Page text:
How to Safely Pack Your Books When Moving
Despite the fact that it is the 21st century, books are still one of the most important sources of knowledge in various fields. What’s more, traditional reading is a favorite pastime of many people.
So it’s not surprising that over the years people accumulate quite a large library in their homes.
- If you suddenly have to move, what do you do with all this precious knowledge?
- How do you transport books properly?
- Where can you buy good packaging for them?
In the rest of this article you will find the answers to these and many other questions.
First, the sorting
Before you start packing, take some time to sort your library. You can do this as follows:
- Keep rare, unusual, and expensive books together.
- Multi-volume collections and regular periodicals can also be packed together, but in a separate box or container.
But there is another way.
It is to sort everything just by size. To eliminate the risk of damage to protruding edges, simply place books of similar size next to each other.
All of these groups of books can then be placed next to each other or on top of each other in a suitcase, case, or box, regardless of which separation method you choose.
How to pack books when moving
Basically, you have the following options:
- Polythene bags – the simplest type of packaging, good for keeping out humidity.
- Cardboard, corrugated, and micro-corrugated boxes – a good option for large batches of books (like 100 or more).
- Stretch wrap – a universal option that protects against both moisture and external damage.
In addition, bubble wrap, twine, and even duct tape are sometimes used to pack books.
Let’s shed some light on all of these approaches.
The main advantage of polyethylene is its uncompromising protection against moisture. Even if it rains, the books will remain intact. This method of storage is best suited for the common magazines or the old, dilapidated books that are not so much to worry about.
Stretch wrap is another (and happens to be an extremely reliable) method of packaging. This is mainly due to its selective adhesion. That is, the layers stick together and wrap around the book, but they don’t adhere completely to the book, so you don’t have to peel anything off when it comes time to unpack.
Ideal for expensive collectible books that are very fragile.
A cross between polyethylene and stretch wrap. It protects well against mechanical damage as well as weather conditions (humidity, dust, temperature differences, etc.).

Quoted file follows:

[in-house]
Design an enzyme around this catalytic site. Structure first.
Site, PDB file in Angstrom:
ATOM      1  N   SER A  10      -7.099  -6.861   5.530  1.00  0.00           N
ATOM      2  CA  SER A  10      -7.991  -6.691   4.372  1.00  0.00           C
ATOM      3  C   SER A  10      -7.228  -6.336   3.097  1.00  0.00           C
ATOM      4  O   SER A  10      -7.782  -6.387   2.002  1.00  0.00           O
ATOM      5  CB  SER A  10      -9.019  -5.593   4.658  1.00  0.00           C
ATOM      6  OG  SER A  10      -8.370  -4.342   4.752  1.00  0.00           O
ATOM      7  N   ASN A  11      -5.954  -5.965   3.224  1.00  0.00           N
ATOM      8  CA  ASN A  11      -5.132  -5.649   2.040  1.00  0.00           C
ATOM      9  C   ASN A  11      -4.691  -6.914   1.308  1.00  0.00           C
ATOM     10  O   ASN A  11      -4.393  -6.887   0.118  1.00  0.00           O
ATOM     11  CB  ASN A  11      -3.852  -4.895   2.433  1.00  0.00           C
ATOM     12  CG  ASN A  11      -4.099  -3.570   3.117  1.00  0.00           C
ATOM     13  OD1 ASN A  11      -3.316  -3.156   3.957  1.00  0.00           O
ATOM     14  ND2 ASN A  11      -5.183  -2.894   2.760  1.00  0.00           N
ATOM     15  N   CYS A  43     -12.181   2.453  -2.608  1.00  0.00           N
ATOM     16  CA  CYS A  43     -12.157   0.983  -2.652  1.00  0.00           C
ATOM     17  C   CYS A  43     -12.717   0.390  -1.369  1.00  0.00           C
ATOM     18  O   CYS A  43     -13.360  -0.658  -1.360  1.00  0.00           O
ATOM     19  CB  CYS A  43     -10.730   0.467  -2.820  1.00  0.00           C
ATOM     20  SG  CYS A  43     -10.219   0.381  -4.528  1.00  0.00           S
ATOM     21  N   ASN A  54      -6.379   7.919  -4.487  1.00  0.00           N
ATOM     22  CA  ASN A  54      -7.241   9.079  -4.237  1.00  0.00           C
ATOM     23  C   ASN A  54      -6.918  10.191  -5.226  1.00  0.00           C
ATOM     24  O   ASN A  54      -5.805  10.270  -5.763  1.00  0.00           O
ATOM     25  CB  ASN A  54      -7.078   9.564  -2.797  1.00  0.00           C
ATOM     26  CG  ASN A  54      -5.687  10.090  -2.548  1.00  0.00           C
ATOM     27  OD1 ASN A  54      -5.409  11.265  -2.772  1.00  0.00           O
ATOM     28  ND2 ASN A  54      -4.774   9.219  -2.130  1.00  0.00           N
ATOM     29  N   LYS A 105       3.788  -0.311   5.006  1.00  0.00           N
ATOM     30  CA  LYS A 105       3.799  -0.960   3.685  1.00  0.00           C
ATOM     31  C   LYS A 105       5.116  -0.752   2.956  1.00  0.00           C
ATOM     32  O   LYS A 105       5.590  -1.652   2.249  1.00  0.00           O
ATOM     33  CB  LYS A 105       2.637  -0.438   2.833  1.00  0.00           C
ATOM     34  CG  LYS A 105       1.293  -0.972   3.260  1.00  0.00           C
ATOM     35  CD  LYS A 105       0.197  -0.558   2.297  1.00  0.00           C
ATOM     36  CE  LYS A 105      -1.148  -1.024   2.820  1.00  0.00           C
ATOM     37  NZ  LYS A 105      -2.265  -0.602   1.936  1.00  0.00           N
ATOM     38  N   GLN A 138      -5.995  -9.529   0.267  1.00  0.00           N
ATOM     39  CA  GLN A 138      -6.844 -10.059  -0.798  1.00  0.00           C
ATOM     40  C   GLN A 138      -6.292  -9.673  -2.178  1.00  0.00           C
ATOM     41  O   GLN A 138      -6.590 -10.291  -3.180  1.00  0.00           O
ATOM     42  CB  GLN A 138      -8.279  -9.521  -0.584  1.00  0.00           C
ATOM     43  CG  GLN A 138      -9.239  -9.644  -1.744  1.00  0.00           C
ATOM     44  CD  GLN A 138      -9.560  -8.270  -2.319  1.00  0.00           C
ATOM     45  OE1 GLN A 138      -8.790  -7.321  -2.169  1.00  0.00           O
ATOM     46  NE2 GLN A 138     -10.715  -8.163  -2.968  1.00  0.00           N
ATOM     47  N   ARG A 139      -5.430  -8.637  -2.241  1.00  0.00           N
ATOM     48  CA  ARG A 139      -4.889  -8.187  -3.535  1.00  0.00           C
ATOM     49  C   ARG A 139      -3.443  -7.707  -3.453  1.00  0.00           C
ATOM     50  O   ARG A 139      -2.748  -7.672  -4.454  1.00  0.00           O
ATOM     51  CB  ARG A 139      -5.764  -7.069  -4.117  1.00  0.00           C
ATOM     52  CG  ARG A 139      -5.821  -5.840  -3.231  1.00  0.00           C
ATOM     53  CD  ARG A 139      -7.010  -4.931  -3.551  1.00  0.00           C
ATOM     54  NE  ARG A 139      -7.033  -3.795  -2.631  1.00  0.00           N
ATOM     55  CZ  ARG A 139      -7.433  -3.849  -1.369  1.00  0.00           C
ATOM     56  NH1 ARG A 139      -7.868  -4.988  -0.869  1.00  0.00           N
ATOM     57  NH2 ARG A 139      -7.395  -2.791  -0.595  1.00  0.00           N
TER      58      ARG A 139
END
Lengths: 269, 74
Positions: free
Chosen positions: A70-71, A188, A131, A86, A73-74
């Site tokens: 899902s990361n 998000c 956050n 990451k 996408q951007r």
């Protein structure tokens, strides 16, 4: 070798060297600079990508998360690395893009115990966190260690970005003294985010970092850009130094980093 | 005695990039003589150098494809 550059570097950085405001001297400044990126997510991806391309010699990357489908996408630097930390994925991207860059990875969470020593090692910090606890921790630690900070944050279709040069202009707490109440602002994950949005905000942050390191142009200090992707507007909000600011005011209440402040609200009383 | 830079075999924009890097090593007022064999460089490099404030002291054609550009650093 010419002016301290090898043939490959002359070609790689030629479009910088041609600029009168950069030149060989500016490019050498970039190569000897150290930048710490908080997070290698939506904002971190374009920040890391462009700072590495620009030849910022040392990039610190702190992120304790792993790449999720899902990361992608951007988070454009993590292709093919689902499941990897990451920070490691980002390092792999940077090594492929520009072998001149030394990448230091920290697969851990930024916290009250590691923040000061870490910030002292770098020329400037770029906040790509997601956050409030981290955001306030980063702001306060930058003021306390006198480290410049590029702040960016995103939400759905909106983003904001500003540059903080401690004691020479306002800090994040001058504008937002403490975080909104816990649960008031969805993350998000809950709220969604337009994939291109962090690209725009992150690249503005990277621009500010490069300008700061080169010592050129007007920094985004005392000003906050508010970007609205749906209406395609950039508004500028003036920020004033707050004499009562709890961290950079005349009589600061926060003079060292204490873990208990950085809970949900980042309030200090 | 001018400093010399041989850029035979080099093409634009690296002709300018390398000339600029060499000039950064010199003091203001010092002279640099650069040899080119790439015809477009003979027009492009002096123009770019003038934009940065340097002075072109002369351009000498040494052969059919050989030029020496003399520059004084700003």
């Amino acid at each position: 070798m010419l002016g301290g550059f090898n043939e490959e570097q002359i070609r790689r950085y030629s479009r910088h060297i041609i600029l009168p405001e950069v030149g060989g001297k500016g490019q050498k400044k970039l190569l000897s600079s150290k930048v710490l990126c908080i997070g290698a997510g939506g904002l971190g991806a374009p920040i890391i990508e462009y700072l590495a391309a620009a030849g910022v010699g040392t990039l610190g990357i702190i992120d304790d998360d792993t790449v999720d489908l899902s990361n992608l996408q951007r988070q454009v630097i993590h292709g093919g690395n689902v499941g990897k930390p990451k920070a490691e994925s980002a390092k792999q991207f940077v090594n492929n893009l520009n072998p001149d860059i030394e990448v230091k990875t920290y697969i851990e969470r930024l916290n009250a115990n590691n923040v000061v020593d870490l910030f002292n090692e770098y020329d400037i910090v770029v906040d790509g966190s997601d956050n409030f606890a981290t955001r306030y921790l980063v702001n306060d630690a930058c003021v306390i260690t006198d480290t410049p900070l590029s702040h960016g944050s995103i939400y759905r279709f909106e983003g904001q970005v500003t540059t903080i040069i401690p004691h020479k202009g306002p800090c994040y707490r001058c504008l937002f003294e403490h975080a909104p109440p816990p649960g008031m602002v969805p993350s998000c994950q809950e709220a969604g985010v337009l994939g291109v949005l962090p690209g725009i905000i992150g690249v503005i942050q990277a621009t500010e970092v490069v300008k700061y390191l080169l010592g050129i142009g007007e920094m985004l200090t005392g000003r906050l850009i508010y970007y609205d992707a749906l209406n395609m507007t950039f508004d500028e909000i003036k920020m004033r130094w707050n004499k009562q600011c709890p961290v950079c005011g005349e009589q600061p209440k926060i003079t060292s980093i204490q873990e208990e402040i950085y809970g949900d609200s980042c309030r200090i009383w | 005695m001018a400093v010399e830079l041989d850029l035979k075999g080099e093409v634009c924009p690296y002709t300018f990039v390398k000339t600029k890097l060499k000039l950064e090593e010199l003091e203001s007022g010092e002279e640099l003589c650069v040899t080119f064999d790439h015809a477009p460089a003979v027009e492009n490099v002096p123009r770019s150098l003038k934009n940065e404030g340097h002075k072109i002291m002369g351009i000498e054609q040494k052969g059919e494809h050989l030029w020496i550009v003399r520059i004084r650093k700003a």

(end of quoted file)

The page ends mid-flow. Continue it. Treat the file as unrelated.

You can use it to cover non-essential books as well as expensive ones.
By the way, you can combine stretch and bubble wrap. This is usually the best option.
Twine and tape
These are the most budget-friendly options. But their advantages end there. Binding twine simply does not hold books in place, and tape can easily damage the cover. Only wastepaper is suitable for this type of packaging.
How to ship books without damaging them
Books are fragile cargo that requires careful handling. When loading them in the car for a move, it is necessary to exercise extreme caution. Here are some tips to help you do this carefully:
- Use small size box (1.5 cubic foot);
- Place the case (box) with books on a flat, clean surface;
- There should be no liquids in the body or trunk that could wet the box and spoil the books inside.
- Do not stack more than three cases (boxes) – the weight of the upper ones can distort the binding.
- A dry microclimate in the vehicle is extremely important when transporting over long distances. Try to choose cars with air conditioner, humidifier or heater (or better all at once, good thing all this is in almost every modern vehicle).
But if for some reason you cannot find such a car, you can use silica gel. This is a sorbent that can absorb a significant amount of moisture from the environment. The base of the sorbent is silica acid, and it usually comes in the form of colorless pellets. Simply place bags of it in each box, and the substance will absorb excess moisture and protect the paper from mildew.
Oh yes, you’ll also want to worry about possible physical damage from the outside. The body of the box should be secured to prevent unnecessary shaking and to restrict movement.
Bumping into the walls of the car or other hard objects inside can damage the books inside.
Moving boxes can be secured with strong ropes or cables tied to protruding parts in the trunk.